News Gathering: The Fourth Generation
Growing 4G wireless networks promise to add convenience, reduce costs
By George Winslow -- Broadcasting & Cable, 1/24/2011 12:01:00 AM
Klingle has become a major proponent of 4G technologies, which will reduce the cost of news gathering and allow stations to free up more resources to both expand their broadcast newscasts and develop more content for their burgeoning online and mobile efforts.
Costs of microwave and satellite trucks vary widely, but Klingle believes that a good fully featured microwave truck runs $175,000 to $300,000 and a decent satellite truck costs between $250,000 and $350,000.
Last year, Nomad introduced its LiveEdge 4G solution that includes a light 1½-lb. unit that easily attaches to cameras. The equipment has been used at several stations including KLAS, the CBS affiliate in Las Vegas.
Nomad currently has a collaboration agreement with Verizon and Ericsson to develop a new version of its product, which will be launched at the National Association of Broadcasters convention in April and begin shipping to broadcasters in May.
Field units are priced at $42,500 and the studio unit, which will run four field units, costs $10,000. Installation and training runs another $7,500, for a total cost of $187,500 for the studio units and four field units. “It costs less than a good microwave truck and gives you four times the live sources,” Klingle says. “It would allow a quality news station to move more resources into creating a lot more content for less money.” —GW
In the past, that would have meant reporting the story without video, or relying on poor-quality video sent back from a smartphone. Thanks to the availability of a good 4G wireless connection, however, WZTV was able to get a reporter and cameraman to the scene to quickly send high-quality video wirelessly over the Verizon 4G network to the studio using Streambox’s Avenir mobile encoding product.
“It is a very fast and efficient way to work,” says Bob Shrader, chief news photographer at WZTV. “You can be up and transmitting with this thing in less time than it takes to get the mast up on a satellite truck.”
Wireless carriers began major deployments of 4G, or fourth-generation cellular networks, last year, and the major carriers have announced plans to cover most of the country by 2013 with very high-speed 4G services. Verizon, for example, began rolling out its 4G network to 38 markets reaching about 100 million American homes in December 2010; national coverage is expected within three years.
Speeds vary, but at the Consumer Electronics Show earlier this month, Verizon streamed 3D content at 18 megabits per second (Mbps) over its 4G LTE network. In general, the carrier is promising 5 to 12 Mbps downloads and 2 to 5 Mbps uplinks for its 4G service to consumers. Several vendors, including Nomad Innovations and Streambox, have already developed products that deliver video over 4G networks. These products are likely to see significant enhancements over the next year.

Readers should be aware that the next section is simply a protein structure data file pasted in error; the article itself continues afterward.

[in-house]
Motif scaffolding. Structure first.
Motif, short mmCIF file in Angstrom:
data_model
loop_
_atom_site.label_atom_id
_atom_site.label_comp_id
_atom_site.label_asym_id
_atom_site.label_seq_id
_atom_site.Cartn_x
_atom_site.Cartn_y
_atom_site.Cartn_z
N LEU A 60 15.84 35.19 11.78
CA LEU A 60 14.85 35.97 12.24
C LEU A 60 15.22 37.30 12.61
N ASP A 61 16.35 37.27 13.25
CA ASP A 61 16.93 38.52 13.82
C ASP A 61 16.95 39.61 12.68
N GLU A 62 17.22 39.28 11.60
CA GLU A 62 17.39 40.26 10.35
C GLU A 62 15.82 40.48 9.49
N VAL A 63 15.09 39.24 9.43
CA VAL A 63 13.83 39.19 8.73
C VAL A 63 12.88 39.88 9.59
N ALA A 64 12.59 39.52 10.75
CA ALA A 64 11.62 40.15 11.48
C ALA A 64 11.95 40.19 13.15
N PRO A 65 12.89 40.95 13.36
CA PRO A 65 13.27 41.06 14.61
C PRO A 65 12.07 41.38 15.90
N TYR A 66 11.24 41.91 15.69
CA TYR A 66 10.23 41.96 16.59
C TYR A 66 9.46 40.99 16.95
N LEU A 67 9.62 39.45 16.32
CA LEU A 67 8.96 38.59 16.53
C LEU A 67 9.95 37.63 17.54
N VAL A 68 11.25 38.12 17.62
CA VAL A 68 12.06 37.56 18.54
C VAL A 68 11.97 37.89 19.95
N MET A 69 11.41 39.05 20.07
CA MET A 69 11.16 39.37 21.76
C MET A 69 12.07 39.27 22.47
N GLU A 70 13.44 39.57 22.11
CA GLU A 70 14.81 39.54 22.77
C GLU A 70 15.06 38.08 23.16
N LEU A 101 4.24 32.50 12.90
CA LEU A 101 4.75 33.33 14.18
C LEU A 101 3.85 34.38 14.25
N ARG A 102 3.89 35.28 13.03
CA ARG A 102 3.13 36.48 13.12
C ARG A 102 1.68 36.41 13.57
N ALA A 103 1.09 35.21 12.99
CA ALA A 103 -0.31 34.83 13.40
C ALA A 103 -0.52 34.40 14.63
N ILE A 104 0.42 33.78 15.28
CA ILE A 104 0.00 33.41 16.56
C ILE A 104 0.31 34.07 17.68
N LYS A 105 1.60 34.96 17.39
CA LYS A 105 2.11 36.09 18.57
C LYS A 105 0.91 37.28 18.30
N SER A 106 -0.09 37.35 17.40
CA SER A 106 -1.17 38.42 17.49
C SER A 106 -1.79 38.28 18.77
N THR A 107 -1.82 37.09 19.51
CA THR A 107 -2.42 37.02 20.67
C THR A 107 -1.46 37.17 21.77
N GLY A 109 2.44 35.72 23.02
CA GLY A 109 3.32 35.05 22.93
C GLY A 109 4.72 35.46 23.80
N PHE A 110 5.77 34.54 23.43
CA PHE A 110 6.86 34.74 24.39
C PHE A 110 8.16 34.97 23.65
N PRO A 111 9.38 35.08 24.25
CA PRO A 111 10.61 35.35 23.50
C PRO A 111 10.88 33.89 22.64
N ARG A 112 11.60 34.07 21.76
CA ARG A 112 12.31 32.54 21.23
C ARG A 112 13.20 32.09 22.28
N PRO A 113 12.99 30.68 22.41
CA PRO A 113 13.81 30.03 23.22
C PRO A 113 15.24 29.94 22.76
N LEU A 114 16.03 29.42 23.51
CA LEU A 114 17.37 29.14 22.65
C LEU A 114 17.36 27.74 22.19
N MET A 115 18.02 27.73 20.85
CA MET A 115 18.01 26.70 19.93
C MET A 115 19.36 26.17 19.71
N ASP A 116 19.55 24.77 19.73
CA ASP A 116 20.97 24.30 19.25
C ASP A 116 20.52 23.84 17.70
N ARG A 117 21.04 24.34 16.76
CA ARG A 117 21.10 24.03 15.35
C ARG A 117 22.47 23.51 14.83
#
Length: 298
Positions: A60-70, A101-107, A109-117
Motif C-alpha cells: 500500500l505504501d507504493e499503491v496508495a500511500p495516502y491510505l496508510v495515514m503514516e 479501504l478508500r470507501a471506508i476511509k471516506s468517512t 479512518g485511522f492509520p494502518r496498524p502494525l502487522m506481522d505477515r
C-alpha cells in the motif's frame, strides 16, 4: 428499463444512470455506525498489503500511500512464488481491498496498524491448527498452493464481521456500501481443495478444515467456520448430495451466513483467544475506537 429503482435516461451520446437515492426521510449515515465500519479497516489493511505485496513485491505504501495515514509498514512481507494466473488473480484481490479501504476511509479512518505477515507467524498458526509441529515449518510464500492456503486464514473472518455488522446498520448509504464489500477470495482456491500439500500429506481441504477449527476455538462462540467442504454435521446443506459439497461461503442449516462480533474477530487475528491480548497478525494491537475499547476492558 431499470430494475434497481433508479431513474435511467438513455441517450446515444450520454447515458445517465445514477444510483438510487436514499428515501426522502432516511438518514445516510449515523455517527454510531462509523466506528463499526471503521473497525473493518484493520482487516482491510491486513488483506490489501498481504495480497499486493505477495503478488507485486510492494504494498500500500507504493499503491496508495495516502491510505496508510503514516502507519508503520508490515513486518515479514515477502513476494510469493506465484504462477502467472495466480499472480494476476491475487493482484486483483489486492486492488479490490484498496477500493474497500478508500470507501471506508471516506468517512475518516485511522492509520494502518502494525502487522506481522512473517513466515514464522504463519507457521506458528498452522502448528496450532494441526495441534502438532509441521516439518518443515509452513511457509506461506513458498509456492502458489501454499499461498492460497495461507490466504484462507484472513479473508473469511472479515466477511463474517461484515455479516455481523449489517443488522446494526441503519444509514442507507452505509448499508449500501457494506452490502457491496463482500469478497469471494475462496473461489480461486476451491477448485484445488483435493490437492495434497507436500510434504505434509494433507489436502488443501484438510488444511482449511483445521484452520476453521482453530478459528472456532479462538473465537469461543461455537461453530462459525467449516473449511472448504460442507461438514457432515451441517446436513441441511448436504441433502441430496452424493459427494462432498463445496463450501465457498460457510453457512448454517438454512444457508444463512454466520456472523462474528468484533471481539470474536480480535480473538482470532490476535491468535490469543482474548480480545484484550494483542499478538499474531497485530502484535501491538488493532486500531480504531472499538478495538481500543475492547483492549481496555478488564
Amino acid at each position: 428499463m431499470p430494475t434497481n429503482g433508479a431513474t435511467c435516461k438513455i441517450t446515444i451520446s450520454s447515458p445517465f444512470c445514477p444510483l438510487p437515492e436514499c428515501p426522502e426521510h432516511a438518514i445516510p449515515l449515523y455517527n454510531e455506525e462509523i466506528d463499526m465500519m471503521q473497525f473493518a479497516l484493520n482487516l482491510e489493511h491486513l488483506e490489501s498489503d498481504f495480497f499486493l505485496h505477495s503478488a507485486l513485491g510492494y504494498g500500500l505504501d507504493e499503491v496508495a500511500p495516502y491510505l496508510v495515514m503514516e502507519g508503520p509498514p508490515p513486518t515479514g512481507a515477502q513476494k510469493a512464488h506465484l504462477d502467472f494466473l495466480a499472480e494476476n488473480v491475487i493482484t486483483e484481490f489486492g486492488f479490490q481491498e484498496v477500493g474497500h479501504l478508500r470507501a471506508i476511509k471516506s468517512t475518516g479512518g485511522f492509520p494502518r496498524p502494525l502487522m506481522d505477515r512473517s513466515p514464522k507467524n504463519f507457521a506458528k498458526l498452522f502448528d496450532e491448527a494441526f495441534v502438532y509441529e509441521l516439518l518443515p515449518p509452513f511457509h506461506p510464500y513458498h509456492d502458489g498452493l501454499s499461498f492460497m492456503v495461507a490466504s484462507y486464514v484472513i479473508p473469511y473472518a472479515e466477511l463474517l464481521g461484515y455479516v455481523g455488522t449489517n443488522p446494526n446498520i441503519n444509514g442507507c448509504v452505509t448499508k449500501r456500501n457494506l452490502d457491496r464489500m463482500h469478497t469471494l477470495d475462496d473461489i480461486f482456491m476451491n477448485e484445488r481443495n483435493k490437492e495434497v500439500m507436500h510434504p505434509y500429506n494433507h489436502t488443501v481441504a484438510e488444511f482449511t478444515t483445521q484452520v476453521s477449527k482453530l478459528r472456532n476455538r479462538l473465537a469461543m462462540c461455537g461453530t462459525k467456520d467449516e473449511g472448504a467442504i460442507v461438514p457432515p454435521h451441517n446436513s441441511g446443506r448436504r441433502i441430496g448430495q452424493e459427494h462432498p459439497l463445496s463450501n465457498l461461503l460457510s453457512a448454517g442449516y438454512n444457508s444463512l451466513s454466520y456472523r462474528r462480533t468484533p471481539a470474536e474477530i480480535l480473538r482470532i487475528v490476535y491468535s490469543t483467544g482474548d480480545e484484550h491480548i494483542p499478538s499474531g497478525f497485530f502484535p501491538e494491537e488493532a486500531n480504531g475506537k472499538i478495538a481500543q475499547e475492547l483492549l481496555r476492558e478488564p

One major impact will be on the usage of microwave and satellite trucks, which have been an integral part of the local TV news business for decades but are much more expensive than the newer 4G technologies.
“We have a solution that offers more than a 75% savings on the capital and operating expense of microwave and satellite technology,” says Bob Klingle, CEO of Nomad Innovations, which is selling a LiveEdge 4G product.
Speed, ease of use and the ability to create more content at less cost for multiple platforms are also major advantages, says Bob Hildeman, chairman and CEO of Streambox. “This acquisition engine will allow [broadcasters] to bring in a lot more content for less cost, and that will allow them to go to multiplatform delivery,” Hildeman says.
In recent equipment tests in Seattle, Streambox was able to transmit live or stored broadcast-quality standard-definition video at 1.5 to 2 Mbps and HD video at 2 to 5 Mbps, according to Hildeman.
Del Parks, VP of engineering and operations at the Sinclair Broadcast Group, notes his stations are already using the Streambox devices over 3G and 4G networks in markets such as Nashville and Baltimore to send standard-definition footage. Sinclair plans to deploy the boxes more widely to other stations this year.
Sinclair’s enthusiastic embrace of the technology aside, Parks stresses that “this is not a replacement for a live truck.”
Many rural areas, he notes, have poor cell reception; on high-profile stories, stations can’t take the chance of not being able to send back video if the 4G network is flooded with calls.
“You can get to the scene first with Streambox, but if you are covering a hostage situation or something like that for hours, we will want to send a live truck,” Parks says.
But WZTV’s Shrader believes the technology is ready for primetime as a supplement to the station’s trucks “You do have a learning curve, but I wouldn’t wait for 4G to improve,” he says. “I’d jump on it. It is much faster and more efficient than rolling a live truck.”
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